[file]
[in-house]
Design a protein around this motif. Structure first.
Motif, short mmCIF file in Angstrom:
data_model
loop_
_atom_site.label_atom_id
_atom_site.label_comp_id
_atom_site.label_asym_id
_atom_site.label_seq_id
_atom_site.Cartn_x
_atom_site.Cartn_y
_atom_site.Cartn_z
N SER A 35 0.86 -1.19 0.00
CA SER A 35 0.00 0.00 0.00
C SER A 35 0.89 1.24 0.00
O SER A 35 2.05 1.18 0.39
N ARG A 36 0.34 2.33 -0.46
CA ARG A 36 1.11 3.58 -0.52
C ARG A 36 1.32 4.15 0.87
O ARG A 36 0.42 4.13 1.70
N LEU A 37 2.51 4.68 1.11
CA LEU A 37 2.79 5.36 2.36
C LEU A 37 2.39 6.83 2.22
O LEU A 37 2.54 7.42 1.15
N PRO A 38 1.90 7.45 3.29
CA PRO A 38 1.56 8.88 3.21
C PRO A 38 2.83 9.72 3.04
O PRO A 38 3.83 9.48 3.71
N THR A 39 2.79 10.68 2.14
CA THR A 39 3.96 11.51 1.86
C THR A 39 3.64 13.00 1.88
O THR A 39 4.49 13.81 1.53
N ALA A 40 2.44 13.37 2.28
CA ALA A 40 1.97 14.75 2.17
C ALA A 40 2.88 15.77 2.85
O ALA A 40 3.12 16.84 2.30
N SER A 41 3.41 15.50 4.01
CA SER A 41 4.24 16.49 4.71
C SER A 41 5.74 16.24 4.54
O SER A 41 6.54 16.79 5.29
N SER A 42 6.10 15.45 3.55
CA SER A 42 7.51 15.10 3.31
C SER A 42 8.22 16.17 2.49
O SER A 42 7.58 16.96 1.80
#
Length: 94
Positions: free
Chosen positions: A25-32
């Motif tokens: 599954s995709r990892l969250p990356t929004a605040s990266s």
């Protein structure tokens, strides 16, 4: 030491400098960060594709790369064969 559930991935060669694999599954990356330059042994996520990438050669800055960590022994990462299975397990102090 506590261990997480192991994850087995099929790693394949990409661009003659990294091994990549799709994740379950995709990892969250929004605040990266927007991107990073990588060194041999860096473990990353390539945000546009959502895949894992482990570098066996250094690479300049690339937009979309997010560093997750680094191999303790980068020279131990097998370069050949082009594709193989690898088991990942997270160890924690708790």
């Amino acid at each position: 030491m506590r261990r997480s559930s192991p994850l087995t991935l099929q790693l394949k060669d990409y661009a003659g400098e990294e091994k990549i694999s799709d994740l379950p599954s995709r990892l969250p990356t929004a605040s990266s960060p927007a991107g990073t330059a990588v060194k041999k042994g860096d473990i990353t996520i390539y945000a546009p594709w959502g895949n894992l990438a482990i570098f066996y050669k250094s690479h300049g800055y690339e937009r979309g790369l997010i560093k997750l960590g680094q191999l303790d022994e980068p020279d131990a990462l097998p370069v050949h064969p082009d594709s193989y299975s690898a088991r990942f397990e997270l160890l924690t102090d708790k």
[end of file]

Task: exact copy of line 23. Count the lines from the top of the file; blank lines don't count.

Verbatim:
C LEU A 37 2.39 6.83 2.22